Before the storm

In preparation for the blizzard, we  sprinkled all the sidewalks with salt because of the weather predictions that icey rain would precede the record snow fall. Most of our tenants canceled the next day’s appointments and packed up work to do at home.

Day One

Early in the morning it was apparent that the icey rain wouldn’t effect Springfield the same way as it had in 2007. That year the ice froze before hitting the ground, encasing all the trees and power lines with ice, and the result was fallen trees and electrical poles and lines.

Power was down everywhere in Springfield and southwest Missouri — some places for over a week. Fortunately the RDI Building never lost electrical power throughout the ice storms of 2007.

By 11 a.m. on February 1st, snow was falling fast and furious, and by noon, visibility was almost nil. The few tenants who had come in the morning to work had wisely returned home. We continued clearing the sidewalks throughout the day to keep the snow from piling up too high in front of the office doors. Late that night after the snow stopped falling, snow plows cleared the front parking lot.

Day Two

Snow had drifted overnight back onto the sidewalks, in addition to the piles pushed there by the snow plows, so they had to be cleared again. The back parking lot was cleared by a backhoe. Major streets had been pretty well cleared by the Springfield Public Works Department, but most side streets were still thick with snow. Everywhere cars and trucks were stuck in snow drifts at the junctions between major and minor streets, often blocking the intersections.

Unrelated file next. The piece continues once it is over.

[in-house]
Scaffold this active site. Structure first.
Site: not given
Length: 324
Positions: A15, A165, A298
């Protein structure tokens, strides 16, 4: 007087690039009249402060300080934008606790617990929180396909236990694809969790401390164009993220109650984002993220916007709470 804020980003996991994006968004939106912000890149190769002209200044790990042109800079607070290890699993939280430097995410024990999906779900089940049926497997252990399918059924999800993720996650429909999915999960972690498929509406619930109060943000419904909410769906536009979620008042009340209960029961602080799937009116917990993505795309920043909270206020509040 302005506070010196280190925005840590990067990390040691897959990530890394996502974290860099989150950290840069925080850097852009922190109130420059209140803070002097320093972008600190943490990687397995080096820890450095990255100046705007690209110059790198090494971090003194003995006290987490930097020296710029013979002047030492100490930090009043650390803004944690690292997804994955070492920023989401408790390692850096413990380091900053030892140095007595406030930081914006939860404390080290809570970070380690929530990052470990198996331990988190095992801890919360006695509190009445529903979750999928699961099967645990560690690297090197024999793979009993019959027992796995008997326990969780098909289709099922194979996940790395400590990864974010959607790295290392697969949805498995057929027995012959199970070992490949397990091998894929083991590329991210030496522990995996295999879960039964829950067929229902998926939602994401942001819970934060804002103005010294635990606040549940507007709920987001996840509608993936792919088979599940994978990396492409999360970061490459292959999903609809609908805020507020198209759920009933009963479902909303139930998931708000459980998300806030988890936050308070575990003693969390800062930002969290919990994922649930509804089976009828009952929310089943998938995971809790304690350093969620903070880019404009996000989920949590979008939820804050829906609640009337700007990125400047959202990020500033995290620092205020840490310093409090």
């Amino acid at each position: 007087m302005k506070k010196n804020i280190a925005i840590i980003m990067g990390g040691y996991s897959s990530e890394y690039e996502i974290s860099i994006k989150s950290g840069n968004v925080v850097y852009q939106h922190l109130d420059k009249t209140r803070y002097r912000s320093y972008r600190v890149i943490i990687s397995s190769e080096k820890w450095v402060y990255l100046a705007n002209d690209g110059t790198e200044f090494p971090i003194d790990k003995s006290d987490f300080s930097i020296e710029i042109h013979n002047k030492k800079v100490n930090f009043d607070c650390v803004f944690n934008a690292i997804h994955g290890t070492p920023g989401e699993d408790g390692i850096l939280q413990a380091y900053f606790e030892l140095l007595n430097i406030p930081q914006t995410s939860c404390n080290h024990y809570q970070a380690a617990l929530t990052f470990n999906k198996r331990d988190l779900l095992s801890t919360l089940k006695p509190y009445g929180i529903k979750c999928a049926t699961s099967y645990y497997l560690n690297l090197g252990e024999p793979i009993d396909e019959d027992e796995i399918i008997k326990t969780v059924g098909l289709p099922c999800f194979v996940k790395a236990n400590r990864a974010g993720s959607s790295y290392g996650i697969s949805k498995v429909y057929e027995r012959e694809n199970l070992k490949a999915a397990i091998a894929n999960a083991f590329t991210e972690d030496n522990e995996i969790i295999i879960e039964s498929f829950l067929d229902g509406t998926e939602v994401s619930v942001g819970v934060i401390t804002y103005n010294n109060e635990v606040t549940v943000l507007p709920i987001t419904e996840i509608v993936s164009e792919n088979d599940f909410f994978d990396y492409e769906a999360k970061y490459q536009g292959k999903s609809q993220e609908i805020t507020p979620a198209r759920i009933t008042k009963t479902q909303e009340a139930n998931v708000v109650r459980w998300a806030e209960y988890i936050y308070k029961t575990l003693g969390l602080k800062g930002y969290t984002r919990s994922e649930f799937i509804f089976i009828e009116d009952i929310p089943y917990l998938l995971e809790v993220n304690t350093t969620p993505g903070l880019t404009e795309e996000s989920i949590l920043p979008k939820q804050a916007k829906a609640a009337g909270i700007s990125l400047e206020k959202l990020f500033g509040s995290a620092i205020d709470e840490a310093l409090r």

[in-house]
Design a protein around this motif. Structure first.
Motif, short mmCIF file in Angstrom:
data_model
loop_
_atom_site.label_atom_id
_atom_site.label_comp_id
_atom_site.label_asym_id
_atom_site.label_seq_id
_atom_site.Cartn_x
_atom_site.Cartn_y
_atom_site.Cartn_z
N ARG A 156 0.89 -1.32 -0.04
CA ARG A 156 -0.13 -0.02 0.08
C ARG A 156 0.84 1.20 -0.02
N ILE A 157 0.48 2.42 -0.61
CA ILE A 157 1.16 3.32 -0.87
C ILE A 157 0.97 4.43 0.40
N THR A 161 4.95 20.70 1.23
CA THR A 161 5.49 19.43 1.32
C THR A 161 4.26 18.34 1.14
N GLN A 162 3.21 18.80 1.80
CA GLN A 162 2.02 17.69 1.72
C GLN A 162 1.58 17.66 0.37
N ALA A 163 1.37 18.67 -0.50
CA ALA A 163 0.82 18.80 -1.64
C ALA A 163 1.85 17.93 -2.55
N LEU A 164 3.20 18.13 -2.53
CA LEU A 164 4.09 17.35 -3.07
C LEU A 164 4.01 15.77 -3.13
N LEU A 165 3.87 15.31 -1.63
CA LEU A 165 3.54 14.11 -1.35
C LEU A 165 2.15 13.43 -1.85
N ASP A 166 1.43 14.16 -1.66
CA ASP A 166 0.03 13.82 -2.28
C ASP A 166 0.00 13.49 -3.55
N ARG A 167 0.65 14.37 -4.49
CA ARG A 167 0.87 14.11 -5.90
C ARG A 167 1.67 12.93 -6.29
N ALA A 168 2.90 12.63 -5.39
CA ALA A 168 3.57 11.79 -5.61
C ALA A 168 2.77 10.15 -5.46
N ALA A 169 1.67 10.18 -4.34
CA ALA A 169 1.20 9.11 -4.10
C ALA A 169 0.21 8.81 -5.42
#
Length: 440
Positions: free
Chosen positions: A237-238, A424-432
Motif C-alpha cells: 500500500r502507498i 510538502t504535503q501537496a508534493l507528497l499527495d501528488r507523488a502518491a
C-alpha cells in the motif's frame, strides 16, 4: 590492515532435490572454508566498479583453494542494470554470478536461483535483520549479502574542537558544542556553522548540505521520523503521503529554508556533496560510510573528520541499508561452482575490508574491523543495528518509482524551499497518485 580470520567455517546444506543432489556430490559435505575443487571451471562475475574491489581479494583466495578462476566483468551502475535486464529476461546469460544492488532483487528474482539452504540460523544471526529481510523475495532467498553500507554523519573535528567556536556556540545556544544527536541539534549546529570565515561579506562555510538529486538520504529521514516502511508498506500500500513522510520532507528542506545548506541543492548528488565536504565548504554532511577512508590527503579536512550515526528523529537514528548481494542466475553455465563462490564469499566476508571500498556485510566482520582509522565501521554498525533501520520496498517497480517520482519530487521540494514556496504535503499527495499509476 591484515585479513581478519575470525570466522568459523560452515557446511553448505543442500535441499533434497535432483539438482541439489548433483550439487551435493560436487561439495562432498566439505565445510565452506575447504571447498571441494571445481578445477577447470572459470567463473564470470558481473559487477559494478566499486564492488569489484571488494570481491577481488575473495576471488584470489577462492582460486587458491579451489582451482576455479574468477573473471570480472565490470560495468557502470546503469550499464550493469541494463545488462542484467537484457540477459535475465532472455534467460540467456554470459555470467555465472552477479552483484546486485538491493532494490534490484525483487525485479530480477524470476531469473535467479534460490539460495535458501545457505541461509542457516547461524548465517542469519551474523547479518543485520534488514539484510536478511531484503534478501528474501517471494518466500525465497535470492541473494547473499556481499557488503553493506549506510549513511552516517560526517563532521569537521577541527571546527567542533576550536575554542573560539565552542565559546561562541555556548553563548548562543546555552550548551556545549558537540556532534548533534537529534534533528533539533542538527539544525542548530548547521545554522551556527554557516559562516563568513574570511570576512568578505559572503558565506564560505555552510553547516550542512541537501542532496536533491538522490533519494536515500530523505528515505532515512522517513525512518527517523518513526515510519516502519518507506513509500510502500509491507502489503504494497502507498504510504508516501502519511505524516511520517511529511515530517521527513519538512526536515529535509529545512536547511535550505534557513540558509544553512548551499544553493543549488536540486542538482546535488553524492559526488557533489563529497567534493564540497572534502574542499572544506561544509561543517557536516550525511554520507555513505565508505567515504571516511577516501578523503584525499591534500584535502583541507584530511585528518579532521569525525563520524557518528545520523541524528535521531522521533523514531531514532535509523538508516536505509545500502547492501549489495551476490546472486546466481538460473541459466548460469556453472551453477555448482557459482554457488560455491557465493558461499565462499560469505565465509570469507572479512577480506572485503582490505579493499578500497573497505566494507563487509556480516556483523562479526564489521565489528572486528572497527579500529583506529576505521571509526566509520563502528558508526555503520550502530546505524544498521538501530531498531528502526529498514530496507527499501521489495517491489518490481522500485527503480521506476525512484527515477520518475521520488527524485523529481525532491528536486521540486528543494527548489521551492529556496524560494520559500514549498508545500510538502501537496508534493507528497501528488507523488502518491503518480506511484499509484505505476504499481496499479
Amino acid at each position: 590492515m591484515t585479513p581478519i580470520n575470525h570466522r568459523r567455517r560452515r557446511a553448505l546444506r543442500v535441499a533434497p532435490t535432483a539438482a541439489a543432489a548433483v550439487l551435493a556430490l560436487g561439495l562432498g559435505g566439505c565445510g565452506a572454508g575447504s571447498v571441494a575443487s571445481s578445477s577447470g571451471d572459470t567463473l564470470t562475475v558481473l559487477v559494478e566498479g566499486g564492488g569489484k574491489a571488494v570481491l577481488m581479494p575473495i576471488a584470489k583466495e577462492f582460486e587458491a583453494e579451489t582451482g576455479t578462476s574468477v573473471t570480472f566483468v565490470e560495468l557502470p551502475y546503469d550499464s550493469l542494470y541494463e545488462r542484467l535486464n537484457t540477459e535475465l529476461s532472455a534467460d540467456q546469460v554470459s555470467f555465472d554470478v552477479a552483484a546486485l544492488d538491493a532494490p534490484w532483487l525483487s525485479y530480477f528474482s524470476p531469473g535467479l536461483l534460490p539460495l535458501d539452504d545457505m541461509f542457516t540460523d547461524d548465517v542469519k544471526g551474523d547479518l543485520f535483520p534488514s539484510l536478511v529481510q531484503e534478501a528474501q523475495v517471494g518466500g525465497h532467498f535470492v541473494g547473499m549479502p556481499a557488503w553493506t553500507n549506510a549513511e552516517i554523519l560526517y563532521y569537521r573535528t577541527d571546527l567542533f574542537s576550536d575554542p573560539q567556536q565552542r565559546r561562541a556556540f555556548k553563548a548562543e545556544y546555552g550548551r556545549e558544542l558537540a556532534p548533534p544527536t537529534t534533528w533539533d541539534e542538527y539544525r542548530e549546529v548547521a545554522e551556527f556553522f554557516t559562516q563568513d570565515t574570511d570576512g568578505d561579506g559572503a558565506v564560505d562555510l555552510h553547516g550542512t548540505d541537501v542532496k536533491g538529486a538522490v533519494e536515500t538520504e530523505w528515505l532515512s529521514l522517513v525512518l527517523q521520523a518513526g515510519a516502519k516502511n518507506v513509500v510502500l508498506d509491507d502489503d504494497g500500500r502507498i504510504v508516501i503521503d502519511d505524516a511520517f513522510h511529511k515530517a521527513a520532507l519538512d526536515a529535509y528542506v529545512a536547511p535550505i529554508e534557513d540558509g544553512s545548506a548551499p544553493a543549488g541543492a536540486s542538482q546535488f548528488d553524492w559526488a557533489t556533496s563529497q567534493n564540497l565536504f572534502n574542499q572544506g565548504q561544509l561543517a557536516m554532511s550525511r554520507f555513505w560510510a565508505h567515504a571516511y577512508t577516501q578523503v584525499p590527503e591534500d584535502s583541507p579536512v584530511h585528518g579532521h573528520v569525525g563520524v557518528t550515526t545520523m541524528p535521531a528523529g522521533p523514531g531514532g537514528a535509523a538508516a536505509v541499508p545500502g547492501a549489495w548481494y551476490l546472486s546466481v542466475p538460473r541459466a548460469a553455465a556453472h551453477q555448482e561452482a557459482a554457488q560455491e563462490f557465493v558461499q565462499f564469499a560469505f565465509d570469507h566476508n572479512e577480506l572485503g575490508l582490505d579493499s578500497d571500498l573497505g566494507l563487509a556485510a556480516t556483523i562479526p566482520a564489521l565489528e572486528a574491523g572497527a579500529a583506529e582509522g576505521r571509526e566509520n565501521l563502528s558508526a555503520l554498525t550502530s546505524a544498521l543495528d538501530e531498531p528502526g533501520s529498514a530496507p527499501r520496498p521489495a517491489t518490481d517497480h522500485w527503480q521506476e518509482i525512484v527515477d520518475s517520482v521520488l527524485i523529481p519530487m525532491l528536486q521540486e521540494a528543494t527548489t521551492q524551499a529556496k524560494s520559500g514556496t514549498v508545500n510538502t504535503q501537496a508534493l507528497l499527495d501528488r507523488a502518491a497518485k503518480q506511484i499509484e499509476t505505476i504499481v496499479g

By late morning, a few tenants began making into work and things began getting back to normal. Below freezing temperatures in the day and below zero at night makes traveling dangerous, so be careful out there. Dress warm and take common sense precautions:

  • Keep your phone charged and carry it with you,
  • Travel with an ice-scraper, snow shovel, and ice melt, sand or kitty litter in your car.
  • Don’t travel alone, or be sure someone else knows where you’re going and when you should arrive.
  • Drive slow and carefully, watching out for stranded motorists and other cars.
  • If you don’t have to go out, don’t.
  • As you walk, watch out for icy patches on the ground. With the record low temperatures and more snow or rain likely, it’s going to be a long time before this stuff melts!

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